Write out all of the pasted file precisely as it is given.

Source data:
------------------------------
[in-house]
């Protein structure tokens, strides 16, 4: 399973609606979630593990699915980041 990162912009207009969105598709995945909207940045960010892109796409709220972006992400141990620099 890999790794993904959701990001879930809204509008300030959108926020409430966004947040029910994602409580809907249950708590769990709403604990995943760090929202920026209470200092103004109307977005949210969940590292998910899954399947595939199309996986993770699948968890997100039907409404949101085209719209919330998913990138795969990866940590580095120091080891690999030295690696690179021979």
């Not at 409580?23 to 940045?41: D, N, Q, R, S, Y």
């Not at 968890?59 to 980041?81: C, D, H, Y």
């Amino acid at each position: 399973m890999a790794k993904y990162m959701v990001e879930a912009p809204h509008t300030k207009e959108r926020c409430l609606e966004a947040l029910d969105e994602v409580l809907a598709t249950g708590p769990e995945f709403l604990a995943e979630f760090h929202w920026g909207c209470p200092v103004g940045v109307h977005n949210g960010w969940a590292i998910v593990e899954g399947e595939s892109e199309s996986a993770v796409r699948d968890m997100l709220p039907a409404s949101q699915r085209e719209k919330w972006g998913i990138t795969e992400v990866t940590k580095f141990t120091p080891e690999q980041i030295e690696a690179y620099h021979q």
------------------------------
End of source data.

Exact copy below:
[in-house]
């Protein structure tokens, strides 16, 4: 399973609606979630593990699915980041 990162912009207009969105598709995945909207940045960010892109796409709220972006992400141990620099 890999790794993904959701990001879930809204509008300030959108926020409430966004947040029910994602409580809907249950708590769990709403604990995943760090929202920026209470200092103004109307977005949210969940590292998910899954399947595939199309996986993770699948968890997100039907409404949101085209719209919330998913990138795969990866940590580095120091080891690999030295690696690179021979």
């Not at 409580?23 to 940045?41: D, N, Q, R, S, Y």
């Not at 968890?59 to 980041?81: C, D, H, Y």
């Amino acid at each position: 399973m890999a790794k993904y990162m959701v990001e879930a912009p809204h509008t300030k207009e959108r926020c409430l609606e966004a947040l029910d969105e994602v409580l809907a598709t249950g708590p769990e995945f709403l604990a995943e979630f760090h929202w920026g909207c209470p200092v103004g940045v109307h977005n949210g960010w969940a590292i998910v593990e899954g399947e595939s892109e199309s996986a993770v796409r699948d968890m997100l709220p039907a409404s949101q699915r085209e719209k919330w972006g998913i990138t795969e992400v990866t940590k580095f141990t120091p080891e690999q980041i030295e690696a690179y620099h021979q």